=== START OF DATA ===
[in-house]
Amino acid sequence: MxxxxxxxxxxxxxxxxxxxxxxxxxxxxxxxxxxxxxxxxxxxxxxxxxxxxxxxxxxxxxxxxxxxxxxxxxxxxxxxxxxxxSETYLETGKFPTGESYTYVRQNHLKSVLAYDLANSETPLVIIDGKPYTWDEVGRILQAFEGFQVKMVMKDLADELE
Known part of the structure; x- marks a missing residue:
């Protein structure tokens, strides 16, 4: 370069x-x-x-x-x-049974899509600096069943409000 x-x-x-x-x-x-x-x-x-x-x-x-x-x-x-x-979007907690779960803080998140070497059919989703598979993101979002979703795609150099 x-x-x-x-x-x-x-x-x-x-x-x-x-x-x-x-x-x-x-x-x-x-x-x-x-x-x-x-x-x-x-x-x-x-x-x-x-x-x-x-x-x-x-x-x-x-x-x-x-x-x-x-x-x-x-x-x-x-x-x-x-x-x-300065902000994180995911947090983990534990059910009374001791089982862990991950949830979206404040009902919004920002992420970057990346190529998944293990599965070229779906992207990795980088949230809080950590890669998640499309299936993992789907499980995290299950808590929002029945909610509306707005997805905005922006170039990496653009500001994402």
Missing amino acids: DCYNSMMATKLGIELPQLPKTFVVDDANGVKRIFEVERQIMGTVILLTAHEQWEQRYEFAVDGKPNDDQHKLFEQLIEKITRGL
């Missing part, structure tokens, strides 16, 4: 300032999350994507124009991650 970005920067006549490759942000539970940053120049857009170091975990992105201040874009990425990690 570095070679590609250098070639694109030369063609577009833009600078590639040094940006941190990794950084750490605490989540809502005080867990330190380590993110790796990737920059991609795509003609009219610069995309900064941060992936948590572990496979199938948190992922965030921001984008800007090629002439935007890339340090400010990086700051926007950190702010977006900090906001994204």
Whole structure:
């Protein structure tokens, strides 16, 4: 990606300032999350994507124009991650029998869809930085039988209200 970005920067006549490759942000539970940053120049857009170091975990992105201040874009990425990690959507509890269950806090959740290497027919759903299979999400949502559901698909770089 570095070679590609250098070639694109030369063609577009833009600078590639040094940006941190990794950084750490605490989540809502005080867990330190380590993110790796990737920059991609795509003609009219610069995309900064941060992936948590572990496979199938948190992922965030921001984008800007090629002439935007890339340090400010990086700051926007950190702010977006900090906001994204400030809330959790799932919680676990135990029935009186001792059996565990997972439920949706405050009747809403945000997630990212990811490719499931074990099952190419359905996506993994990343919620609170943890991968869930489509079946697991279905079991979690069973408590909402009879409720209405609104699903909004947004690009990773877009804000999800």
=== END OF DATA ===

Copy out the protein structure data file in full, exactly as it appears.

[in-house]
Amino acid sequence: MxxxxxxxxxxxxxxxxxxxxxxxxxxxxxxxxxxxxxxxxxxxxxxxxxxxxxxxxxxxxxxxxxxxxxxxxxxxxxxxxxxxxSETYLETGKFPTGESYTYVRQNHLKSVLAYDLANSETPLVIIDGKPYTWDEVGRILQAFEGFQVKMVMKDLADELE
Known part of the structure; x- marks a missing residue:
């Protein structure tokens, strides 16, 4: 370069x-x-x-x-x-049974899509600096069943409000 x-x-x-x-x-x-x-x-x-x-x-x-x-x-x-x-979007907690779960803080998140070497059919989703598979993101979002979703795609150099 x-x-x-x-x-x-x-x-x-x-x-x-x-x-x-x-x-x-x-x-x-x-x-x-x-x-x-x-x-x-x-x-x-x-x-x-x-x-x-x-x-x-x-x-x-x-x-x-x-x-x-x-x-x-x-x-x-x-x-x-x-x-x-300065902000994180995911947090983990534990059910009374001791089982862990991950949830979206404040009902919004920002992420970057990346190529998944293990599965070229779906992207990795980088949230809080950590890669998640499309299936993992789907499980995290299950808590929002029945909610509306707005997805905005922006170039990496653009500001994402």
Missing amino acids: DCYNSMMATKLGIELPQLPKTFVVDDANGVKRIFEVERQIMGTVILLTAHEQWEQRYEFAVDGKPNDDQHKLFEQLIEKITRGL
């Missing part, structure tokens, strides 16, 4: 300032999350994507124009991650 970005920067006549490759942000539970940053120049857009170091975990992105201040874009990425990690 570095070679590609250098070639694109030369063609577009833009600078590639040094940006941190990794950084750490605490989540809502005080867990330190380590993110790796990737920059991609795509003609009219610069995309900064941060992936948590572990496979199938948190992922965030921001984008800007090629002439935007890339340090400010990086700051926007950190702010977006900090906001994204």
Whole structure:
């Protein structure tokens, strides 16, 4: 990606300032999350994507124009991650029998869809930085039988209200 970005920067006549490759942000539970940053120049857009170091975990992105201040874009990425990690959507509890269950806090959740290497027919759903299979999400949502559901698909770089 570095070679590609250098070639694109030369063609577009833009600078590639040094940006941190990794950084750490605490989540809502005080867990330190380590993110790796990737920059991609795509003609009219610069995309900064941060992936948590572990496979199938948190992922965030921001984008800007090629002439935007890339340090400010990086700051926007950190702010977006900090906001994204400030809330959790799932919680676990135990029935009186001792059996565990997972439920949706405050009747809403945000997630990212990811490719499931074990099952190419359905996506993994990343919620609170943890991968869930489509079946697991279905079991979690069973408590909402009879409720209405609104699903909004947004690009990773877009804000999800």